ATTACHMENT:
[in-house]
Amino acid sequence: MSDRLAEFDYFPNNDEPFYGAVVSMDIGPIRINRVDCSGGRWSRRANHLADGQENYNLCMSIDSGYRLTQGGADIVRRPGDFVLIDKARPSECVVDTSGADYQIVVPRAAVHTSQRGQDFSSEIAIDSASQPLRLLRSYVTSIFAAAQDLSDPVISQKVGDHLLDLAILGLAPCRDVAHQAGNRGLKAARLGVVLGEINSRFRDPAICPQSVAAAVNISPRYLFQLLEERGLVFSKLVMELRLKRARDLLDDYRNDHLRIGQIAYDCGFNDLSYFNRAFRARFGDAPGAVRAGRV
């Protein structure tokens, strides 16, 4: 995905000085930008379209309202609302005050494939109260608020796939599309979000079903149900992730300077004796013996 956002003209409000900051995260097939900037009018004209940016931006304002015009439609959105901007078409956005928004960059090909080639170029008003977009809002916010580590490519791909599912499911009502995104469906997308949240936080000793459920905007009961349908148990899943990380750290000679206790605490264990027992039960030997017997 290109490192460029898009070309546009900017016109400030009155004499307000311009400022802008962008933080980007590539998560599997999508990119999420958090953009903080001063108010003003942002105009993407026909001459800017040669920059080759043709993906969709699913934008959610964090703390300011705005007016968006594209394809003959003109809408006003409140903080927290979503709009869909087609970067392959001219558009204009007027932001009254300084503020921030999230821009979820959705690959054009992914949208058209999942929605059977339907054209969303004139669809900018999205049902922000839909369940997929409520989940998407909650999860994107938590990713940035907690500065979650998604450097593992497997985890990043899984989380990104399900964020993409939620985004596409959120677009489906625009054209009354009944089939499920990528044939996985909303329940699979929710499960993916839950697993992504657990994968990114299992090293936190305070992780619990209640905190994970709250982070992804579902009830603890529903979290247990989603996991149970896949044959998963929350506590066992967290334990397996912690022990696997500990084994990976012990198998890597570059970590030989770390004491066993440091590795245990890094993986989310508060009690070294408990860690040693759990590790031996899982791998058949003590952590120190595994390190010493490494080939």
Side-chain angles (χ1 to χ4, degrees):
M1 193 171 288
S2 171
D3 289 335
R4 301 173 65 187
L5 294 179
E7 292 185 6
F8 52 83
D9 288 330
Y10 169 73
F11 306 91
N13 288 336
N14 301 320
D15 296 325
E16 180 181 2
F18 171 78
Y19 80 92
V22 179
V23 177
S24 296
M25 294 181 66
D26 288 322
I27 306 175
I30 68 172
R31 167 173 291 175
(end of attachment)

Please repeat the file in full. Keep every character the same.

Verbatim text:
[in-house]
Amino acid sequence: MSDRLAEFDYFPNNDEPFYGAVVSMDIGPIRINRVDCSGGRWSRRANHLADGQENYNLCMSIDSGYRLTQGGADIVRRPGDFVLIDKARPSECVVDTSGADYQIVVPRAAVHTSQRGQDFSSEIAIDSASQPLRLLRSYVTSIFAAAQDLSDPVISQKVGDHLLDLAILGLAPCRDVAHQAGNRGLKAARLGVVLGEINSRFRDPAICPQSVAAAVNISPRYLFQLLEERGLVFSKLVMELRLKRARDLLDDYRNDHLRIGQIAYDCGFNDLSYFNRAFRARFGDAPGAVRAGRV
């Protein structure tokens, strides 16, 4: 995905000085930008379209309202609302005050494939109260608020796939599309979000079903149900992730300077004796013996 956002003209409000900051995260097939900037009018004209940016931006304002015009439609959105901007078409956005928004960059090909080639170029008003977009809002916010580590490519791909599912499911009502995104469906997308949240936080000793459920905007009961349908148990899943990380750290000679206790605490264990027992039960030997017997 290109490192460029898009070309546009900017016109400030009155004499307000311009400022802008962008933080980007590539998560599997999508990119999420958090953009903080001063108010003003942002105009993407026909001459800017040669920059080759043709993906969709699913934008959610964090703390300011705005007016968006594209394809003959003109809408006003409140903080927290979503709009869909087609970067392959001219558009204009007027932001009254300084503020921030999230821009979820959705690959054009992914949208058209999942929605059977339907054209969303004139669809900018999205049902922000839909369940997929409520989940998407909650999860994107938590990713940035907690500065979650998604450097593992497997985890990043899984989380990104399900964020993409939620985004596409959120677009489906625009054209009354009944089939499920990528044939996985909303329940699979929710499960993916839950697993992504657990994968990114299992090293936190305070992780619990209640905190994970709250982070992804579902009830603890529903979290247990989603996991149970896949044959998963929350506590066992967290334990397996912690022990696997500990084994990976012990198998890597570059970590030989770390004491066993440091590795245990890094993986989310508060009690070294408990860690040693759990590790031996899982791998058949003590952590120190595994390190010493490494080939």
Side-chain angles (χ1 to χ4, degrees):
M1 193 171 288
S2 171
D3 289 335
R4 301 173 65 187
L5 294 179
E7 292 185 6
F8 52 83
D9 288 330
Y10 169 73
F11 306 91
N13 288 336
N14 301 320
D15 296 325
E16 180 181 2
F18 171 78
Y19 80 92
V22 179
V23 177
S24 296
M25 294 181 66
D26 288 322
I27 306 175
I30 68 172
R31 167 173 291 175